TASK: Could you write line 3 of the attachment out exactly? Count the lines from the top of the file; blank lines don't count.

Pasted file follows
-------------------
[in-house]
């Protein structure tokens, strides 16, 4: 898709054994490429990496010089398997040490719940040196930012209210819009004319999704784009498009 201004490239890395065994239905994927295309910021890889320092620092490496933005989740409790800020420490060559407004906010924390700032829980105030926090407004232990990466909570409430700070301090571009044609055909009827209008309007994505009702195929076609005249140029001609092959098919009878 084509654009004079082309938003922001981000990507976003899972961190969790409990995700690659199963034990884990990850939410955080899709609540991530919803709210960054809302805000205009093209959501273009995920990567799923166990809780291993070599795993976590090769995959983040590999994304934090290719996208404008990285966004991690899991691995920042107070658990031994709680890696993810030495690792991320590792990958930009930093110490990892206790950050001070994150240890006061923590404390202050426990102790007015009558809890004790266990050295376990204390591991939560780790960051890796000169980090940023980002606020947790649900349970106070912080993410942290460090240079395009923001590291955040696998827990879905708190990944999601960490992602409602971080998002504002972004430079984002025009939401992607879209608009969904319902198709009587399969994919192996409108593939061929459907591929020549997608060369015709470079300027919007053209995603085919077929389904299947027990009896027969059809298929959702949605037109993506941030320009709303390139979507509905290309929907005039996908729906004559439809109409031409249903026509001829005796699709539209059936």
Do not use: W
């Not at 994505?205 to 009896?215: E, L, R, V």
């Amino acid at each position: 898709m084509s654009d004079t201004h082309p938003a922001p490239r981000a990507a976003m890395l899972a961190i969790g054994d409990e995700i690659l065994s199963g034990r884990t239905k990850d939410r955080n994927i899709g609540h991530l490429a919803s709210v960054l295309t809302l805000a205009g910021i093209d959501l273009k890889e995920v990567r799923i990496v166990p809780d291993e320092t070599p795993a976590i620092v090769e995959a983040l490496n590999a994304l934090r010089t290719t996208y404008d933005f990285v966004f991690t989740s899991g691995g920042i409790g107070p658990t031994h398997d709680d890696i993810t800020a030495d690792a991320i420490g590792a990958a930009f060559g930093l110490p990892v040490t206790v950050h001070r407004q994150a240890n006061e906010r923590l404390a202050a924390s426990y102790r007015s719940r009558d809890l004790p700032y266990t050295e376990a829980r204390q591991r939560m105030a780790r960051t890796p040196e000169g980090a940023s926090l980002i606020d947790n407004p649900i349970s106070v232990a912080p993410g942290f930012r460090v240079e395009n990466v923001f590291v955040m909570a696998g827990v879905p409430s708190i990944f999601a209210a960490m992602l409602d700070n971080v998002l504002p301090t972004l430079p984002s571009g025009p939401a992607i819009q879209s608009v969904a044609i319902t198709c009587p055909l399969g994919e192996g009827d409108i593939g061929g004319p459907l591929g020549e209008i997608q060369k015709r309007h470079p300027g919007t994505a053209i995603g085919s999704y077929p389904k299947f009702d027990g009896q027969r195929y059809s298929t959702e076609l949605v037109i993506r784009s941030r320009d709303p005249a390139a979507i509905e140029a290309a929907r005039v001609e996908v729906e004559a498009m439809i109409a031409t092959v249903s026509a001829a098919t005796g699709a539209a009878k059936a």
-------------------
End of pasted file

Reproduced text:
Do not use: W